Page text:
So here is the question....this pup has undergone a lot of trauma in the past few days. Regarding his immediate acclimation and behavioral issues, how do you suggest I handle him for the next couple of days. Any suggestions that would give us the best chance of success would be appreciated.
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post #2 of 25 (permalink) Old 01-04-2017, 03:16 PM
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Location: Birmingham, Alabama
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I'm positive that there are others here that could help you more. But I will give you some advice. A firm hand is of course important in this case. Have a crate ready. Toys. start off playing with him. I am worried about 2 non neutered males. Hopefully your older boy will put this pup in his place from the start. As far as resource guarding when Sam was a pup and he showed aggression when he had a treat I immediately took it away waited gave it back. Repeat process until I could literally pull his treat out of his mouth with no problem what so ever. If the older kids are scared of this dog I am afraid there is more to the story than a little resource guarding. Just start off with limited affection and a no nonsense strict policy. He needs to learn he gets nothing in life without your permission. Keep us posted! Good luck!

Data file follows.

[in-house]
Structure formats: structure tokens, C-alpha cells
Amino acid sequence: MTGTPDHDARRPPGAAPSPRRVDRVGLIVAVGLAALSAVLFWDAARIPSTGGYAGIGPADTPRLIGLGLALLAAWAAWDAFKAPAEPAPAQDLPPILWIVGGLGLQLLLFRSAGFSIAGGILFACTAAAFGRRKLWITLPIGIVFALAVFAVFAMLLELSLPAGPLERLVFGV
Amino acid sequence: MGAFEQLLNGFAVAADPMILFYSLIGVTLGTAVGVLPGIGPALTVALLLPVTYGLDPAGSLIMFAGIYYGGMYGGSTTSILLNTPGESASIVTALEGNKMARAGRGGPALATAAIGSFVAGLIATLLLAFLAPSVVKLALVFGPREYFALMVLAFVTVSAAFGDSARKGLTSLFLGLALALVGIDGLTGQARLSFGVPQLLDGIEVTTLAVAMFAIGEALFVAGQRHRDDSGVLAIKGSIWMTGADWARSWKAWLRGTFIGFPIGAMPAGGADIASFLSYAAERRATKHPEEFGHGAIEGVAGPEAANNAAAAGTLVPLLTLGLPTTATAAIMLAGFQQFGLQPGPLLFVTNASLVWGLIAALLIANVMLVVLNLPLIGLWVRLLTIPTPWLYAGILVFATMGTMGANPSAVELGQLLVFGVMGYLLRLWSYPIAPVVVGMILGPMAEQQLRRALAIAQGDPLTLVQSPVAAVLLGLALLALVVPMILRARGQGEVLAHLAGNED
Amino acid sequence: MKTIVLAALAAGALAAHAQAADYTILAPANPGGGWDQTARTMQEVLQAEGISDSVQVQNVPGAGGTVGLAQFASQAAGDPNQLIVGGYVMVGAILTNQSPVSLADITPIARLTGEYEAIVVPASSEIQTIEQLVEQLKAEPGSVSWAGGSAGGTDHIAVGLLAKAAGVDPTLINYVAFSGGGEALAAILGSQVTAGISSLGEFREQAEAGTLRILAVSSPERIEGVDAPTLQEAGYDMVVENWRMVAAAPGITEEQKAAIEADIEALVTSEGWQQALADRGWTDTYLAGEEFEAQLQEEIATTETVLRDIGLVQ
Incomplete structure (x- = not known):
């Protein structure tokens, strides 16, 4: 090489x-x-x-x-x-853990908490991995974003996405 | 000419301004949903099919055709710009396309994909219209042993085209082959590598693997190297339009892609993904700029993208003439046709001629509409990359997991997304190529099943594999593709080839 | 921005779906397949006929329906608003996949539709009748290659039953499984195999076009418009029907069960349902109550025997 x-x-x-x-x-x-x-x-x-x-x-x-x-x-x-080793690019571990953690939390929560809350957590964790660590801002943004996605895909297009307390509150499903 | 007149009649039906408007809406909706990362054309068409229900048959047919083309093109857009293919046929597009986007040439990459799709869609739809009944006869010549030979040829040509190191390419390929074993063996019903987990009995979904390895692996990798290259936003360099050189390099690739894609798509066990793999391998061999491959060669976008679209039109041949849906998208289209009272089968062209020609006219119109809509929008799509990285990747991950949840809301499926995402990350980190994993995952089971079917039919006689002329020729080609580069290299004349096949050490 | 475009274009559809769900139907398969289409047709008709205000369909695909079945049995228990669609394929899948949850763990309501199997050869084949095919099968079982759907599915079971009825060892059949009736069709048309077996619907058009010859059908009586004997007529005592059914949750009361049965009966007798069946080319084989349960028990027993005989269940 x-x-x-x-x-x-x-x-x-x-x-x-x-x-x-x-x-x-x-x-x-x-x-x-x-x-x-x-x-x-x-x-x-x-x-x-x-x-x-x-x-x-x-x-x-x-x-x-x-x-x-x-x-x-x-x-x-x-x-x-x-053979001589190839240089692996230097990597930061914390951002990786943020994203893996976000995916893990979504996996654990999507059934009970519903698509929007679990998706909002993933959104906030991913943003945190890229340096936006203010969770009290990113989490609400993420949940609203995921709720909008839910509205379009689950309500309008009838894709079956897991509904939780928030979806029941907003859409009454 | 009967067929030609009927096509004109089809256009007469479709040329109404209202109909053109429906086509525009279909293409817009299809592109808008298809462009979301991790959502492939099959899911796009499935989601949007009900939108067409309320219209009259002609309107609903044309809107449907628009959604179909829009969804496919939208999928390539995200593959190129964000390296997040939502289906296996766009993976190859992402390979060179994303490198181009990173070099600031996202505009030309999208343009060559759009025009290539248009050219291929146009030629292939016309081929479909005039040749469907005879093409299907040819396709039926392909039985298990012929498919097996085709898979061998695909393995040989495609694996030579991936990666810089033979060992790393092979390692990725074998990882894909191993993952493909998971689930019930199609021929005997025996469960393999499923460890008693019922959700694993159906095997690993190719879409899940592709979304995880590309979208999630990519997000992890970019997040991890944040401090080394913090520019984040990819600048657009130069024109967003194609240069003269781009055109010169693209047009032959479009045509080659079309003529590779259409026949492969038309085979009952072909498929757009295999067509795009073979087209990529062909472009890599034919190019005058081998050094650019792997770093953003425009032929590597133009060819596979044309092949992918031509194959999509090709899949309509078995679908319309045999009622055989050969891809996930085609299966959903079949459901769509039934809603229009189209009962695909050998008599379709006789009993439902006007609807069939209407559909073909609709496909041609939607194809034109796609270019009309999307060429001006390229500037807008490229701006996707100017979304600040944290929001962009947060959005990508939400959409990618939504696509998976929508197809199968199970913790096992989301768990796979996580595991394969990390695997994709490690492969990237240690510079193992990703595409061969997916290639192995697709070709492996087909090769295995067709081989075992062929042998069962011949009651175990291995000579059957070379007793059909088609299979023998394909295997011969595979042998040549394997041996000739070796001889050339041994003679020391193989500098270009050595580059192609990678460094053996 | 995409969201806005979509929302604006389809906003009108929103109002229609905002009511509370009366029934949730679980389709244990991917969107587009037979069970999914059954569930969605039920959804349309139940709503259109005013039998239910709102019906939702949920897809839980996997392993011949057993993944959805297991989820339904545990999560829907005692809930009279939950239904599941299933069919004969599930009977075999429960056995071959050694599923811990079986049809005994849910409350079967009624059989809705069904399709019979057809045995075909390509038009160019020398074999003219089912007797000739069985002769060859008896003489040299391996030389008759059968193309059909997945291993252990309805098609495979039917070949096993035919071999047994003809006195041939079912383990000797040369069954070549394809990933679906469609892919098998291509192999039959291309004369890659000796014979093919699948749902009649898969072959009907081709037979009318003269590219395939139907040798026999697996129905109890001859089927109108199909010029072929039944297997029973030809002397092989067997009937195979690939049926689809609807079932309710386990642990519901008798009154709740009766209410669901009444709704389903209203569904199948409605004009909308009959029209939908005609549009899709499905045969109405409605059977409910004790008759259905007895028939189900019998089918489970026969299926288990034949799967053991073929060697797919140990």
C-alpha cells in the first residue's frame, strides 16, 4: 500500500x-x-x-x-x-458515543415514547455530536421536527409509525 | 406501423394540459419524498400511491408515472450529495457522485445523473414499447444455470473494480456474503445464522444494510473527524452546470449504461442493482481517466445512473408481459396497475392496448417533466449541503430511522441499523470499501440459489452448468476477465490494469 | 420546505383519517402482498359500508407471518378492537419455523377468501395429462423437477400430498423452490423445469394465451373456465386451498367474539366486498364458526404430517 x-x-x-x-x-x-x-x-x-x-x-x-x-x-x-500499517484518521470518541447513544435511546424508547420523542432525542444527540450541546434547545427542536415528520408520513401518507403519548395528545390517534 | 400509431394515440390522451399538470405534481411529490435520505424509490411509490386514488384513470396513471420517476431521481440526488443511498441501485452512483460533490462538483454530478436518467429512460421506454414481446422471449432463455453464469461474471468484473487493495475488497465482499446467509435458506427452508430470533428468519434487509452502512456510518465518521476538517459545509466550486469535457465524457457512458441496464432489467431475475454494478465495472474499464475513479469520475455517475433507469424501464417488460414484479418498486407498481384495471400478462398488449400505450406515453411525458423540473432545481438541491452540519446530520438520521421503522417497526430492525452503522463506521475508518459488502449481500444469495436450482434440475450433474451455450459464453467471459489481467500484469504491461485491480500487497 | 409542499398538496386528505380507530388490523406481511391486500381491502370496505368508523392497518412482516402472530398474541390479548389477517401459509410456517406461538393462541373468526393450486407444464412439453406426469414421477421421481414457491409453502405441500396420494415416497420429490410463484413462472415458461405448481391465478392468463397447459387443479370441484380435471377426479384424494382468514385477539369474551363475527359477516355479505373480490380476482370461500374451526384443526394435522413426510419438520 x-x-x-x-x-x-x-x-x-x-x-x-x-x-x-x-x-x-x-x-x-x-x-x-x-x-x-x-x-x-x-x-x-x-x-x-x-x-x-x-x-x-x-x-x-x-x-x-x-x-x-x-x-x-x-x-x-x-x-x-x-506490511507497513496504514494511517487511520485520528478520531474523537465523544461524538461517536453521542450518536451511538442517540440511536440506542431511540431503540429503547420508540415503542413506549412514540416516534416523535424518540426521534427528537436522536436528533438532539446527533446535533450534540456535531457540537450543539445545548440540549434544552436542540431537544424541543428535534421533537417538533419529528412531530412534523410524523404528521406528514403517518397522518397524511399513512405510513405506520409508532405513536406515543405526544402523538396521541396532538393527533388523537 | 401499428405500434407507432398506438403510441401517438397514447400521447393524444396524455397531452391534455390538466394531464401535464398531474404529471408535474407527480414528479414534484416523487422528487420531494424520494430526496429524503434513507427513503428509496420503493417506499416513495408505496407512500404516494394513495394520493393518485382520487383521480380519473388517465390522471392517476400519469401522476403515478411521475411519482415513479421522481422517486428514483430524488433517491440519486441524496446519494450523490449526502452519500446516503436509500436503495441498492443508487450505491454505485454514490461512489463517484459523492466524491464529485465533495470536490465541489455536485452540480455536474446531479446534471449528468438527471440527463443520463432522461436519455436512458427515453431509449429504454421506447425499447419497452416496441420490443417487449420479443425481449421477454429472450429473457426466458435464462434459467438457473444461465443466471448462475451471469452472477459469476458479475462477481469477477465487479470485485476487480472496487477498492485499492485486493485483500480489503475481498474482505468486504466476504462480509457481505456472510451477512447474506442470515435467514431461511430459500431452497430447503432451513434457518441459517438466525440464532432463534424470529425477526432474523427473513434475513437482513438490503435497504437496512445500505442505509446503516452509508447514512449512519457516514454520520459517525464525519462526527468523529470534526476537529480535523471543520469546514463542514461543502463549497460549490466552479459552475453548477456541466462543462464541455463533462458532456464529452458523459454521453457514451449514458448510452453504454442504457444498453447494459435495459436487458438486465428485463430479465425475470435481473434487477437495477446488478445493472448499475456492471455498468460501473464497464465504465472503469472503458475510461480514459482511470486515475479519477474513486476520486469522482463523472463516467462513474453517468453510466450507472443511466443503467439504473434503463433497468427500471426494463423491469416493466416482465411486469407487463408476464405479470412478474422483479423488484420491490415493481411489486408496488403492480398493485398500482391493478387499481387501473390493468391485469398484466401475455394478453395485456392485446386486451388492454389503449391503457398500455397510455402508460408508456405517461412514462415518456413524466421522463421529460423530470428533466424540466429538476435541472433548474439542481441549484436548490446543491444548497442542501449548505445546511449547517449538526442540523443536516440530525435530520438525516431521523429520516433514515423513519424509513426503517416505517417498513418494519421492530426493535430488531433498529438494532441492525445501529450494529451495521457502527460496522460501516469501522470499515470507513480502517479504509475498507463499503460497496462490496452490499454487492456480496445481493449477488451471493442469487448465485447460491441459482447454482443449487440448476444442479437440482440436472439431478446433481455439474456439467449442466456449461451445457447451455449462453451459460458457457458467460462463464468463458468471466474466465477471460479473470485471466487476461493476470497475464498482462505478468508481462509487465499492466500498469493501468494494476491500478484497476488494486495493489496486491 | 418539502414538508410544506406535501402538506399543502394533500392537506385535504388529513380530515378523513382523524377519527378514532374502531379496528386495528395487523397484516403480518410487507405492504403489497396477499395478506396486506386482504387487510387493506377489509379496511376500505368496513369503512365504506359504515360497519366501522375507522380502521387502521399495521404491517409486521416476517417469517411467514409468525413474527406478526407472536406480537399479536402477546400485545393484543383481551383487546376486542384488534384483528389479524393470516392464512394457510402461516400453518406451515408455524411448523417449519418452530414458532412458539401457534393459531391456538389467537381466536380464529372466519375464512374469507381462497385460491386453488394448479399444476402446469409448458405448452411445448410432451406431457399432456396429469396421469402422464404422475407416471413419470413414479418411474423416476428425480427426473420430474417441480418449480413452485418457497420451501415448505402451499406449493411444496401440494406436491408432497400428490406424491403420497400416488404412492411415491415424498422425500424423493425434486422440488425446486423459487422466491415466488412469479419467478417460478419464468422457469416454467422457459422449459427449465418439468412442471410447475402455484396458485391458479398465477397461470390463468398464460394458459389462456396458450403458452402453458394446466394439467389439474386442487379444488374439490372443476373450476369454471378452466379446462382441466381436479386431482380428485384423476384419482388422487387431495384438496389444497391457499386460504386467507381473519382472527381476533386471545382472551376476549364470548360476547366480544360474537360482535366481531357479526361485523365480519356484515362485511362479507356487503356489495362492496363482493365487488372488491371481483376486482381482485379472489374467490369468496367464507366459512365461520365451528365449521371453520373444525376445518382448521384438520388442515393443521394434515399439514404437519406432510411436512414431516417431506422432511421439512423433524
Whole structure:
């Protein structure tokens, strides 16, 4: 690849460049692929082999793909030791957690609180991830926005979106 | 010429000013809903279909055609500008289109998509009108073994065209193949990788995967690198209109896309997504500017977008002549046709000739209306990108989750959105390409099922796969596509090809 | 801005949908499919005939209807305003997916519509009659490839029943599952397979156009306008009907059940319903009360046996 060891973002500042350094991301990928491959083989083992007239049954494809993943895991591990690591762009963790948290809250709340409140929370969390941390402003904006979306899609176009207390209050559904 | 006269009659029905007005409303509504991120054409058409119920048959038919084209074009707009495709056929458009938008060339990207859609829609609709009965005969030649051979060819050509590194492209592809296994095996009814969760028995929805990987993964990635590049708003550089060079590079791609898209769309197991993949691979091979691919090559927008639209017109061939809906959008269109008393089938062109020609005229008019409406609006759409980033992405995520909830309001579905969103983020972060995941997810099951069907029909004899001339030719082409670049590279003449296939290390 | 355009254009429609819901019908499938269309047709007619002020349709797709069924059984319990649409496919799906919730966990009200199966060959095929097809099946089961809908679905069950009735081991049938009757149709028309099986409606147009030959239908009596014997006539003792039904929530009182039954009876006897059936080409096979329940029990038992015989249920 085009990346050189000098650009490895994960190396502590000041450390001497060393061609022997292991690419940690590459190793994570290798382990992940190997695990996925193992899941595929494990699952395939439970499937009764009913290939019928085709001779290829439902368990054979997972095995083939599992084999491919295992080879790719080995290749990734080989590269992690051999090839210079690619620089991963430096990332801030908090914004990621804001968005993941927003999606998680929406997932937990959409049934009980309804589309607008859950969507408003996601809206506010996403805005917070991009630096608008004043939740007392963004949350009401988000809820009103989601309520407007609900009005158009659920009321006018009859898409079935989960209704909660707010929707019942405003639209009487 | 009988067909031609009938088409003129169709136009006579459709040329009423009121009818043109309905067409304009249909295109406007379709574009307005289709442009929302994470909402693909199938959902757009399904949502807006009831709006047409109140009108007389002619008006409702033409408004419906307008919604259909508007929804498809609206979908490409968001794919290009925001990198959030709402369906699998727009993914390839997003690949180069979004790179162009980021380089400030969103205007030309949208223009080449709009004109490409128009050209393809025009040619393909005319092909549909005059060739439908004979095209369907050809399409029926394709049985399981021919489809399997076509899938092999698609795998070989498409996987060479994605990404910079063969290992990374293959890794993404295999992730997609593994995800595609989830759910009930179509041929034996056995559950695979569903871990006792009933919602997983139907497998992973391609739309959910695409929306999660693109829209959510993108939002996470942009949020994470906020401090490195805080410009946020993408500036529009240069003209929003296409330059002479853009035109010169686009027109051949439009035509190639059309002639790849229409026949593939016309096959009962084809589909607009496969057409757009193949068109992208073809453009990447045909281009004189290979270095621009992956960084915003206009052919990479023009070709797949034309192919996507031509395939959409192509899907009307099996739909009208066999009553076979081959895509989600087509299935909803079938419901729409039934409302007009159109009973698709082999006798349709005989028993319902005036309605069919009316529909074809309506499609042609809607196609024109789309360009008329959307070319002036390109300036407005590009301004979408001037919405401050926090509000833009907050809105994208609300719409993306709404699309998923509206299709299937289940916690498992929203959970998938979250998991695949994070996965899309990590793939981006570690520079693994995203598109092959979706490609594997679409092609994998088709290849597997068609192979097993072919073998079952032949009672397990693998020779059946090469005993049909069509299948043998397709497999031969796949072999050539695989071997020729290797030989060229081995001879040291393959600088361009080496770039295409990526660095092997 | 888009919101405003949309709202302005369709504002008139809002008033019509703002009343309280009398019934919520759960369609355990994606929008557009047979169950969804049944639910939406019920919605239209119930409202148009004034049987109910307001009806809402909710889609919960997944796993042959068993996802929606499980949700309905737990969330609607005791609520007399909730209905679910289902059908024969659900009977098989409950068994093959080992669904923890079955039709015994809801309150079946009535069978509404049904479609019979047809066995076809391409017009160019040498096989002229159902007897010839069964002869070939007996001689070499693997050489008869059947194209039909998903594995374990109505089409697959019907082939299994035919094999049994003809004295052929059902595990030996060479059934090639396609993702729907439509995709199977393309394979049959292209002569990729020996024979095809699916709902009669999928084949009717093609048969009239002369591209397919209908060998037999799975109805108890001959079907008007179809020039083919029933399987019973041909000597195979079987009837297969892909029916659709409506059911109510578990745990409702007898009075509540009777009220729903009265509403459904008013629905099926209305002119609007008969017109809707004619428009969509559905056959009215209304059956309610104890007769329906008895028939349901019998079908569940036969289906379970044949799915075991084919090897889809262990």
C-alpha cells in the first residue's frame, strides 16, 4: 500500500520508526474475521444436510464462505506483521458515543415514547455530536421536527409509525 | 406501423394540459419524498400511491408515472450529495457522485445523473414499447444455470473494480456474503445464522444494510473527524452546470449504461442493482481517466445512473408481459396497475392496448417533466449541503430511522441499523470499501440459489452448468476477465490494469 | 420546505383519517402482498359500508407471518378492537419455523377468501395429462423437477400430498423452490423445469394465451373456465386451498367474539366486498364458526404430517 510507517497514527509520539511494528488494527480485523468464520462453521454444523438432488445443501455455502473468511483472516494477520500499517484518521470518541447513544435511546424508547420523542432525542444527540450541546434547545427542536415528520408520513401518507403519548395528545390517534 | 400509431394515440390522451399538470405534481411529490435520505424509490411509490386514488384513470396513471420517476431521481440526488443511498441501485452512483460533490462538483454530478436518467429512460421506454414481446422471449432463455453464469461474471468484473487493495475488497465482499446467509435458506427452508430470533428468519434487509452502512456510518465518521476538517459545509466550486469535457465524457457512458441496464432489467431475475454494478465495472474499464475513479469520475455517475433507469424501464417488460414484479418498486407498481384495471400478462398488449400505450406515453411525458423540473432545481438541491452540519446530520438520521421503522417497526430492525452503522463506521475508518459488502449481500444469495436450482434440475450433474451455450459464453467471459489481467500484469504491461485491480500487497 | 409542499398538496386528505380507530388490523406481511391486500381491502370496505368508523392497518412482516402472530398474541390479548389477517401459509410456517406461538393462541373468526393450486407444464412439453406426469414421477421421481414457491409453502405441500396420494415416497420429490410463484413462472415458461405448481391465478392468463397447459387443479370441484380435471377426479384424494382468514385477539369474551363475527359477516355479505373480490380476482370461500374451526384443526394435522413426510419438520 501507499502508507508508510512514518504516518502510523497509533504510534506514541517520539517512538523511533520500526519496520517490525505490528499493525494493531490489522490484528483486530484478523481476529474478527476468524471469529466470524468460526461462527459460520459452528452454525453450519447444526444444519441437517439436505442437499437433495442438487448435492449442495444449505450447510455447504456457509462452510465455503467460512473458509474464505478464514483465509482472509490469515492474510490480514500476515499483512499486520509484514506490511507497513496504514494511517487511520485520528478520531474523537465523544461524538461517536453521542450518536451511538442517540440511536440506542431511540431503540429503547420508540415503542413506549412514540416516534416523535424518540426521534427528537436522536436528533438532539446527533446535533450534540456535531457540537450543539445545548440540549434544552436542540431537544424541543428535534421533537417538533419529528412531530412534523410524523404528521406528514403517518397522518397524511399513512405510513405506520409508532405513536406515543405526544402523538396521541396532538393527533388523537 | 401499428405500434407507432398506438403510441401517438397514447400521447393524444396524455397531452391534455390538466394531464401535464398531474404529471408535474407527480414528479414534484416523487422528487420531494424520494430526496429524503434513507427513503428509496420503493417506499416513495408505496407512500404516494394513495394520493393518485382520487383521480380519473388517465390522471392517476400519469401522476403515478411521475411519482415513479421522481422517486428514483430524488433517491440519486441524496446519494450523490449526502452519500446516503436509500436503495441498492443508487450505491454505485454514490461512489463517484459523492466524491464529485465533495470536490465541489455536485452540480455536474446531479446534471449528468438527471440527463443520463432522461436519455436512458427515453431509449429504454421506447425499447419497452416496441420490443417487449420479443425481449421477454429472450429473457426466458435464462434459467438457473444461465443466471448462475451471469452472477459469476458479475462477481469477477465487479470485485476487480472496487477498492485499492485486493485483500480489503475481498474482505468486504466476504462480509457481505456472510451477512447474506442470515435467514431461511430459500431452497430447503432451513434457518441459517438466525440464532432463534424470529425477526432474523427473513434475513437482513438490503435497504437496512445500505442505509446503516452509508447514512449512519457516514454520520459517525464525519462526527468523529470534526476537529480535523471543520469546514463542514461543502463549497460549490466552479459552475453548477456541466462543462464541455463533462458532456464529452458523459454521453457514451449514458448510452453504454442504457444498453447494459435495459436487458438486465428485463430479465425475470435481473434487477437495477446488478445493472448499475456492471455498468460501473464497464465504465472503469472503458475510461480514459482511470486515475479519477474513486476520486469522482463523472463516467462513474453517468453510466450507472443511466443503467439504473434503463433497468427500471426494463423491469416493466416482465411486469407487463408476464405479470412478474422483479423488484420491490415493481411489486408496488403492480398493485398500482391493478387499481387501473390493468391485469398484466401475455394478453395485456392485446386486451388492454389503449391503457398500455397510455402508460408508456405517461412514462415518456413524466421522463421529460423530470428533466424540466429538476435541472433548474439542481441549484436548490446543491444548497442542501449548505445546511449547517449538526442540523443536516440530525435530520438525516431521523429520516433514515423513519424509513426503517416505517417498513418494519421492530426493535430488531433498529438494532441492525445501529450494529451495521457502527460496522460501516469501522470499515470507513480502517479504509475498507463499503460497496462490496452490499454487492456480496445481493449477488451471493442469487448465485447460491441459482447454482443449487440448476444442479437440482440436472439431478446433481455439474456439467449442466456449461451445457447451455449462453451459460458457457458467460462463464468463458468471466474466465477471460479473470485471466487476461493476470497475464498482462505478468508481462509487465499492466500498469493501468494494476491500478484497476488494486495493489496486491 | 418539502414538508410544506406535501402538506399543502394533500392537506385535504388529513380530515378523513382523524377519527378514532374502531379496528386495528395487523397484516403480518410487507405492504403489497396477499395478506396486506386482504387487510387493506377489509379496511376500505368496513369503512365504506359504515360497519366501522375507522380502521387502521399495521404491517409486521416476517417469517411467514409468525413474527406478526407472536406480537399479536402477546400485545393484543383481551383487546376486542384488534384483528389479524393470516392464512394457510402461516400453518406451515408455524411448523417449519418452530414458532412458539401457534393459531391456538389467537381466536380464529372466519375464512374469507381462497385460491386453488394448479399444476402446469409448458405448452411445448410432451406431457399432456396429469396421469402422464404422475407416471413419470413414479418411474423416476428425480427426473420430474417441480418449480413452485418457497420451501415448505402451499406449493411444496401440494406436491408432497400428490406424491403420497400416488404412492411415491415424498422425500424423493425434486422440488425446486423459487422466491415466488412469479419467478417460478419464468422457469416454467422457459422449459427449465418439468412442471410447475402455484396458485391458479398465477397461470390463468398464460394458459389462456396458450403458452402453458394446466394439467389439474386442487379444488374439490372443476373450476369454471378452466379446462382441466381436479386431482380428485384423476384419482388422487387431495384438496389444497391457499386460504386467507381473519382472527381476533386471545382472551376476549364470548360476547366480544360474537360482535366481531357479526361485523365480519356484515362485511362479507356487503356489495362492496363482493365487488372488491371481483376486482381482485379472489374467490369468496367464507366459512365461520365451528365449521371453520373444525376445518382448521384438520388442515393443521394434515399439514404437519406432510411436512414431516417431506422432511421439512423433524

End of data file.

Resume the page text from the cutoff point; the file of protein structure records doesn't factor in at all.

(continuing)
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post #3 of 25 (permalink) Old 01-04-2017, 03:20 PM
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Not familiar with the breed. If it was a shepherd, I would probably keep interface to minimum for several days, while trying to maintain my leadership/house rules. I guess, I would let the puppy come to me, when it is ready.

As for resource guarding. I would feed him in his crate, and I would avoid possible issues. If he has a problem with removing the bowl after 10 minutes, I would pour the food on the crate bottom and leave him be with it.

At six months old this dog seems to have a lot of baggage. I real trainer with good experience with formidable dogs in the working/herding groups might be worth starting with right away. This dog is going to be much bigger than a shepherd, and if it is already using aggression to get what it wants, that can become fatal for the dog.

Good luck with him.

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post #4 of 25 (permalink) Old 01-04-2017, 03:26 PM